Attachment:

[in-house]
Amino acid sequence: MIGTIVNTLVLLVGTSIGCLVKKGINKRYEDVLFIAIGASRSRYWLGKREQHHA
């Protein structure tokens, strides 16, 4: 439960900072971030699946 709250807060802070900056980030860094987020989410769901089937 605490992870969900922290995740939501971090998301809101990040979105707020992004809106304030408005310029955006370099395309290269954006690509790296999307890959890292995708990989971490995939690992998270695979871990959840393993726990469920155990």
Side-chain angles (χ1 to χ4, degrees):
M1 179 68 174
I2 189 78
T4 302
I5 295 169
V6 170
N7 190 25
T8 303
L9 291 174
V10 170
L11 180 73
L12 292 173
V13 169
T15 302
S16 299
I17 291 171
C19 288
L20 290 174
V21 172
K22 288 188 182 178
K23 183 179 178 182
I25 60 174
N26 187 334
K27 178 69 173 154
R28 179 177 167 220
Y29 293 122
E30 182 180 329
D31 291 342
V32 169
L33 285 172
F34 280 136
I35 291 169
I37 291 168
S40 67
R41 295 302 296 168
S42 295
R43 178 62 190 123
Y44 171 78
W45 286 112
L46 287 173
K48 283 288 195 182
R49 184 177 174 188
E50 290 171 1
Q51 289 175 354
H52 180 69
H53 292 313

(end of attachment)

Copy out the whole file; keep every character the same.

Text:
[in-house]
Amino acid sequence: MIGTIVNTLVLLVGTSIGCLVKKGINKRYEDVLFIAIGASRSRYWLGKREQHHA
């Protein structure tokens, strides 16, 4: 439960900072971030699946 709250807060802070900056980030860094987020989410769901089937 605490992870969900922290995740939501971090998301809101990040979105707020992004809106304030408005310029955006370099395309290269954006690509790296999307890959890292995708990989971490995939690992998270695979871990959840393993726990469920155990």
Side-chain angles (χ1 to χ4, degrees):
M1 179 68 174
I2 189 78
T4 302
I5 295 169
V6 170
N7 190 25
T8 303
L9 291 174
V10 170
L11 180 73
L12 292 173
V13 169
T15 302
S16 299
I17 291 171
C19 288
L20 290 174
V21 172
K22 288 188 182 178
K23 183 179 178 182
I25 60 174
N26 187 334
K27 178 69 173 154
R28 179 177 167 220
Y29 293 122
E30 182 180 329
D31 291 342
V32 169
L33 285 172
F34 280 136
I35 291 169
I37 291 168
S40 67
R41 295 302 296 168
S42 295
R43 178 62 190 123
Y44 171 78
W45 286 112
L46 287 173
K48 283 288 195 182
R49 184 177 174 188
E50 290 171 1
Q51 289 175 354
H52 180 69
H53 292 313